Comments
CEO Comments


   
Board Chair
Carol F. Ross
Company Affiliation Community Volunteer
Term Sept 2011 to Dec 2015
Board of Directors
NameAffiliation
Diane F. Ariker Community Volunteer
Susannah Rabb Bailin Community Volunteer
Elisa Spungen Bildner J.D.Community Volunteer
Kim A. Healey Community Volunteer
Sharon Wolfsohn Karp M.D.Community Volunteer
Susan Lustman Katz J.D.Community Volunteer
Bobbi Mark M.B.A.Community Volunteer
Kevin McCann J.D.Community Volunteer
Ellen Gibson McGinnis J.D.Community Volunteer
Roslyn Milstein Meyer Ph.D.Community Volunteer
Marta E. Moret MPHCommunity Volunteer
Wendy Underwood Naratil Community Volunteer
Eve Hart Rice M.D.Community Volunteer
Patricia Russo Community Volunteer
Lynne Schpero Community Volunteer
Diane Young Turner Community Volunteer
Dinny Seton Wakerley Community Volunteer
Patricia Doukas Zandy J.D.Community Volunteer
Board Demographics - Ethnicity
African American/Black 1
Asian American/Pacific Islander 0
Caucasian 17
Hispanic/Latino 1
Native American/American Indian 0
Other 0 0
Board Demographics - Gender
Male 1
Female 18
Unspecified 0
Governance
Board Term Lengths 3
Board Term Limits 0
Written Board Selection Criteria Yes
Written Conflict of Interest Policy Under Development
Percentage Making Monetary Contributions 100%
Percentage Making In-Kind Contributions 0%
Constituency Includes Client Representation No
Constituent Board Members
NameAffiliationStatus
Congresswoman Rosa L. DeLauro Community Volunteer
Rosemary Hudson Community Volunteer
Eileen S. Kraus Community Volunteer
Joann Woodward Community Volunteer
Lieutenant Governor Nancy Wyman Community Volunteer
Standing Committees
Communications / Promotion / Publicity / Public Relations
Community Outreach / Community Relations
Development / Fund Development / Fund Raising / Grant Writing / Major Gifts
Additional Board/s Members and Affiliations
NameAffiliation
Kitty Northrop Friedman J.D.Community Volunteer
Kimberly Goff-Crews Community Volunteer
Linda Koch Lorimer J.D.Community Volunteer
CEO Comments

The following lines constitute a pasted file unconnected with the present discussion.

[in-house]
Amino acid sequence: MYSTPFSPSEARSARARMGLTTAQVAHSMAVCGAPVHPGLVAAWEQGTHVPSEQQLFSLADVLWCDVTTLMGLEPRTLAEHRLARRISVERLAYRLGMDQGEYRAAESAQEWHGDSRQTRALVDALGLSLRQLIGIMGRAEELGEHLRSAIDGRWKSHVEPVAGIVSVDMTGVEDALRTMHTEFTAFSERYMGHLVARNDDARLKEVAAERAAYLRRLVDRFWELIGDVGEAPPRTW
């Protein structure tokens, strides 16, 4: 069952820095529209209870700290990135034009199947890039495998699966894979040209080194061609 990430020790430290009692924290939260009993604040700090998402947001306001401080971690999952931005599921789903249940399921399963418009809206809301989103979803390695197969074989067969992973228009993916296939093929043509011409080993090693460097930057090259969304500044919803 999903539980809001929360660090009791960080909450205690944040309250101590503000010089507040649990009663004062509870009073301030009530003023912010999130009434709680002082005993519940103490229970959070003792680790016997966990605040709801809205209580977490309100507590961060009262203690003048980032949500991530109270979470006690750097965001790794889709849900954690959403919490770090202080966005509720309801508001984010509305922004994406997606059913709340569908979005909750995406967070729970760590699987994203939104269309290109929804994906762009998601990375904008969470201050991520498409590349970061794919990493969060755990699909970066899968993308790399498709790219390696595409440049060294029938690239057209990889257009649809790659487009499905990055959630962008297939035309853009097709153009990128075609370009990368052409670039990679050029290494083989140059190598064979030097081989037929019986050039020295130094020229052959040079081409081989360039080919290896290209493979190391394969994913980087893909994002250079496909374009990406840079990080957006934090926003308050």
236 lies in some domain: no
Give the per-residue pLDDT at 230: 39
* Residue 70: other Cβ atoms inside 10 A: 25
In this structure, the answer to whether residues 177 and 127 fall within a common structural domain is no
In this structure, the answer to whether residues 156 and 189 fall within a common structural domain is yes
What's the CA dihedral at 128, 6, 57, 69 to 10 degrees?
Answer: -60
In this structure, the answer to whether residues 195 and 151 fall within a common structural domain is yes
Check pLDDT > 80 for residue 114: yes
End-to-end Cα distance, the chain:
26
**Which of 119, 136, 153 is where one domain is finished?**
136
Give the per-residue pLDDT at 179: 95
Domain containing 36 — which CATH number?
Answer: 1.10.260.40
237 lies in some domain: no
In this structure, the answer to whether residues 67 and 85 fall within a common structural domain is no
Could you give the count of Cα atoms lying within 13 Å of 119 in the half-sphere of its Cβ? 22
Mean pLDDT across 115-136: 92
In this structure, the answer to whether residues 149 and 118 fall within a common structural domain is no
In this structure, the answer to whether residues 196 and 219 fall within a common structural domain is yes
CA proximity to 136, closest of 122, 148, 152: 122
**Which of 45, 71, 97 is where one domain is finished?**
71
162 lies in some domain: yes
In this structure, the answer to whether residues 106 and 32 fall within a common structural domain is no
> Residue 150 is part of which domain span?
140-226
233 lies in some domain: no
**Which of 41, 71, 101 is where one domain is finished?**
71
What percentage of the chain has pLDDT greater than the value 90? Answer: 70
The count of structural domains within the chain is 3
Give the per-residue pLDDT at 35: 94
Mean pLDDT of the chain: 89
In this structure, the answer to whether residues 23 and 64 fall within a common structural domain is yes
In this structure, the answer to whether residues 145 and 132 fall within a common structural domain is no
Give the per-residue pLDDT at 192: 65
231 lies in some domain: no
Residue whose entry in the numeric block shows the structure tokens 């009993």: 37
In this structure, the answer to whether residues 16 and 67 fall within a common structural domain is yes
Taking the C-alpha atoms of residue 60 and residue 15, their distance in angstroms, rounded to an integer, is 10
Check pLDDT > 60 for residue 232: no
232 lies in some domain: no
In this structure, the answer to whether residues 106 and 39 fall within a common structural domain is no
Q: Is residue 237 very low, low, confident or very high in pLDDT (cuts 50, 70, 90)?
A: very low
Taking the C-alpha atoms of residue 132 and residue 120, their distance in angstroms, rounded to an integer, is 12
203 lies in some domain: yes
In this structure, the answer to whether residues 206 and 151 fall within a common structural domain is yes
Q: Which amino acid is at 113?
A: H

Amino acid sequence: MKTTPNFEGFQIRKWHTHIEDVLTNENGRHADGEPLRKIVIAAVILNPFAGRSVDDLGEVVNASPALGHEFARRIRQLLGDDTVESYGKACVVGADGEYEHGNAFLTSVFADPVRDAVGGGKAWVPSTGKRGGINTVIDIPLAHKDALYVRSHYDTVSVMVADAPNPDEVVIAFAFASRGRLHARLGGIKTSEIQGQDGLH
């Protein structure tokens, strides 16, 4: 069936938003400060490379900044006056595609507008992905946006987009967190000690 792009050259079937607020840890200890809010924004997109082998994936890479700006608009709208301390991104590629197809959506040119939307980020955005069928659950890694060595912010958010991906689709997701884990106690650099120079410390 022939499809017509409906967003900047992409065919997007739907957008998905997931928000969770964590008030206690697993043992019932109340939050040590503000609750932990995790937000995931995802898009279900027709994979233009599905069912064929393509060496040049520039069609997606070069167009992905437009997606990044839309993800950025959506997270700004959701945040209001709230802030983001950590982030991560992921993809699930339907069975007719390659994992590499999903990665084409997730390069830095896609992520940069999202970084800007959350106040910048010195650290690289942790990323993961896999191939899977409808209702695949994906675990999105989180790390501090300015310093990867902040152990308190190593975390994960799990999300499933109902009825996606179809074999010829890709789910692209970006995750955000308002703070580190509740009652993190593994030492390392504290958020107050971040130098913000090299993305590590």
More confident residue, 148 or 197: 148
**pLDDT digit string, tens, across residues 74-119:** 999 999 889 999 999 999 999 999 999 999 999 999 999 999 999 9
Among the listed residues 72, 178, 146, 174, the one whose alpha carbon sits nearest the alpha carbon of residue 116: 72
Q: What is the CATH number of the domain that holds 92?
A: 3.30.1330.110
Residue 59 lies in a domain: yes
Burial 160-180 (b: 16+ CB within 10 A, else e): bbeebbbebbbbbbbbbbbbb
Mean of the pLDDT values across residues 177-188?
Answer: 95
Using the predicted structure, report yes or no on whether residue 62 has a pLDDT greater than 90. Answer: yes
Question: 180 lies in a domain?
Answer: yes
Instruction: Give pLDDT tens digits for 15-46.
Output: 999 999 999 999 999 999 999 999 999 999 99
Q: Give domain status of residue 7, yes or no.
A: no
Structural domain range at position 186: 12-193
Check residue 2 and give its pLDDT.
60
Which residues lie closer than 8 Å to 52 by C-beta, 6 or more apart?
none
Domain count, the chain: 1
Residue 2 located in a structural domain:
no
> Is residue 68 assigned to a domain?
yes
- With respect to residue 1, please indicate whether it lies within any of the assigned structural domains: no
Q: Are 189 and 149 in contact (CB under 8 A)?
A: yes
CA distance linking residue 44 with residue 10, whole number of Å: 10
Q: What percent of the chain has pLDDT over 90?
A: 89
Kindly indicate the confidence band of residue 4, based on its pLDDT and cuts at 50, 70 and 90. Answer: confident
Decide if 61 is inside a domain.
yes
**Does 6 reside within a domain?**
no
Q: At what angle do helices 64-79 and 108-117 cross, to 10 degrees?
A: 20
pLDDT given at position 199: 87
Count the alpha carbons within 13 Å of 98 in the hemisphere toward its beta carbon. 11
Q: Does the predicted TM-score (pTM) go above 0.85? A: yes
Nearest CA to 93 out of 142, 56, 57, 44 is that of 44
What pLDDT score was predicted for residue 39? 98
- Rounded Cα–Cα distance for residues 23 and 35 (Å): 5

Despite the hard won advances in women’s health, progress has been painfully slow. Many more gains are needed if we are to address the significant life-altering effects of health disparities for women. Importantly, this challenge is met with recent signs within key governmental agencies, such as the National Institutes of Health, that further progress may be possible in requiring that females be studied and data examined by gender in federally-funded research. However, this will only happen if we actively engage in the process of change and show the value of the direction we advocate. This means that WHRY must take full advantage of the opportunities for studying women’s health and demonstrating the health value in doing so. With the support of the community, we can continue both to generate health findings that improve health and communicate these results to the benefit of our citizens. This work is the foundation needed to convince those who set the conventions for scientific inquiry and for health policy that women’s health must be a national priority.
 
 
Financials
Fiscal Year Start July 01 2014
Fiscal Year End June 30 2015
Projected Revenue $800,000.00
Projected Expenses $800,000.00
Spending Policy Percentage
Percentage (if selected) 5%
Other Documents
Other Documents 3
NameYear
WHRY: Advancing Health Equity for Women2015View
Detailed Financials
Prior Three Years Revenue Sources ChartHelpThe financial analysis involves a comparison of the IRS Form 990 and the audit report (when available) and revenue sources may not sum to total based on reconciliation differences. Revenue from foundations and corporations may include individual contributions when not itemized separately.